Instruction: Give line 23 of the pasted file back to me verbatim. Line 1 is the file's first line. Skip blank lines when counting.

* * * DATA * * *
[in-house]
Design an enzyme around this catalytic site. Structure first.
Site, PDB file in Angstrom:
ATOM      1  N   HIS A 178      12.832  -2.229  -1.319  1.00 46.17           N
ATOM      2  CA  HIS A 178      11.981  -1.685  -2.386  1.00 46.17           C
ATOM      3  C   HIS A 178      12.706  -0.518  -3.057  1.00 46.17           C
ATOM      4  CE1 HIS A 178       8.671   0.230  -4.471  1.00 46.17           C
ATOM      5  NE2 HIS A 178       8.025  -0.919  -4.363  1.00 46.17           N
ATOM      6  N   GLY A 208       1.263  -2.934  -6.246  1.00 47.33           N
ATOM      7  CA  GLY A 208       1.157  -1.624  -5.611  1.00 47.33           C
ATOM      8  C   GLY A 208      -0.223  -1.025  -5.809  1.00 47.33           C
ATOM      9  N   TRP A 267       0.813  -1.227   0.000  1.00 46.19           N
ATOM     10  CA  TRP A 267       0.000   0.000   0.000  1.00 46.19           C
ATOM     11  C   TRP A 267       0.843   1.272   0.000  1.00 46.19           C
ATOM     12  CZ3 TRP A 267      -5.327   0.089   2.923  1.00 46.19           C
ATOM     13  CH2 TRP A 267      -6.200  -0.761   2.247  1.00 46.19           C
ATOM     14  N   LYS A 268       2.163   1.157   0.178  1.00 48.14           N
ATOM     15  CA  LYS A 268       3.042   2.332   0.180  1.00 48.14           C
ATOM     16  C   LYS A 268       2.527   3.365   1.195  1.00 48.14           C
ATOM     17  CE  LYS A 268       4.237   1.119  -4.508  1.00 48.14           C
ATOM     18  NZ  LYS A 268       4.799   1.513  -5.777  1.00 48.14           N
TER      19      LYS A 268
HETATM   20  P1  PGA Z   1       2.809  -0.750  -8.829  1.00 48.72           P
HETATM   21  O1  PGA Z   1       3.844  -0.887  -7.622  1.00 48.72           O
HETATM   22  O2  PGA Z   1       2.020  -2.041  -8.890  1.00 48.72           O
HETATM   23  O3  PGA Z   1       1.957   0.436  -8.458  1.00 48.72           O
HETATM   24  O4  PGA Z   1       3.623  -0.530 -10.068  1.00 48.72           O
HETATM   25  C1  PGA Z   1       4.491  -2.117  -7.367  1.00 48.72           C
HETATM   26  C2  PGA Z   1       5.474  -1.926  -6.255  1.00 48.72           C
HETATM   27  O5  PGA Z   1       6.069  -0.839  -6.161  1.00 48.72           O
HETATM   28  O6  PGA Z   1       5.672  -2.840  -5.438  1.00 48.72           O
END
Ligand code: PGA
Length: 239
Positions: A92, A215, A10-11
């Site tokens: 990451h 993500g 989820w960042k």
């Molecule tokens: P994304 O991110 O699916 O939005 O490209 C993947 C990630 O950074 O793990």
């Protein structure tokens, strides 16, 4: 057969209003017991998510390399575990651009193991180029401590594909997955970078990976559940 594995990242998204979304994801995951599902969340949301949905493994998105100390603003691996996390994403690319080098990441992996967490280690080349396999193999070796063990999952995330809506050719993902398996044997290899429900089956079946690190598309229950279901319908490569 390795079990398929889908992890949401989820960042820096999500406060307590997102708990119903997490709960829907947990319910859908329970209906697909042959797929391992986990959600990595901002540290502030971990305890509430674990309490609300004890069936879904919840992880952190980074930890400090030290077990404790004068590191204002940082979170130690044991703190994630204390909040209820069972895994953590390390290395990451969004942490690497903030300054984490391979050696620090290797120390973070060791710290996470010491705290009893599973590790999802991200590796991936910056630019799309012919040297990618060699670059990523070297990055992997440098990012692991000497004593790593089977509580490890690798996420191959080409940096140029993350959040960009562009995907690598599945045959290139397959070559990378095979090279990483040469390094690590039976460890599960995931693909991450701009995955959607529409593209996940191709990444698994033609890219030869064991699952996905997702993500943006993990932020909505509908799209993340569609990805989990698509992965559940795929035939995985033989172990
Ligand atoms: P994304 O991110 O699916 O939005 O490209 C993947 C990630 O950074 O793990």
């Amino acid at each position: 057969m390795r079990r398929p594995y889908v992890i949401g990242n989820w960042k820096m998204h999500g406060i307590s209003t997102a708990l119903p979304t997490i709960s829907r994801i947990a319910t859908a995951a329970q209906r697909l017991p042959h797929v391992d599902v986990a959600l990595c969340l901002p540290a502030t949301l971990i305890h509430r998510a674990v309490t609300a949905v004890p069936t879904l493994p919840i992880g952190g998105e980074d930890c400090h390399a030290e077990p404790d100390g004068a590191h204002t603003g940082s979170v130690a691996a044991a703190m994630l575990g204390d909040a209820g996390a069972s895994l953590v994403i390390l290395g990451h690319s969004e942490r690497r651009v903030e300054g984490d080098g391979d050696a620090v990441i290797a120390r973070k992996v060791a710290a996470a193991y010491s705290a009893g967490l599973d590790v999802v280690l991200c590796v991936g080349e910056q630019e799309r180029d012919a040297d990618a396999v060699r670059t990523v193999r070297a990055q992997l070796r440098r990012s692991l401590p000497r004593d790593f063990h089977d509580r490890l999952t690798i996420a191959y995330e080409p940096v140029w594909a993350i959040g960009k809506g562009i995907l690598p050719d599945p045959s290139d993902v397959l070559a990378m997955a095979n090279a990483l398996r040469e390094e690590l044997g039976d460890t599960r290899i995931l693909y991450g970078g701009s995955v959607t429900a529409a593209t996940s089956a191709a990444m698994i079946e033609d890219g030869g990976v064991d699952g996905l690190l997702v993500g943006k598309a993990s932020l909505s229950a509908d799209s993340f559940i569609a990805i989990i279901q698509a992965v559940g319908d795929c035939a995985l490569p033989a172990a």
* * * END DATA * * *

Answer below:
HETATM   20  P1  PGA Z   1       2.809  -0.750  -8.829  1.00 48.72           P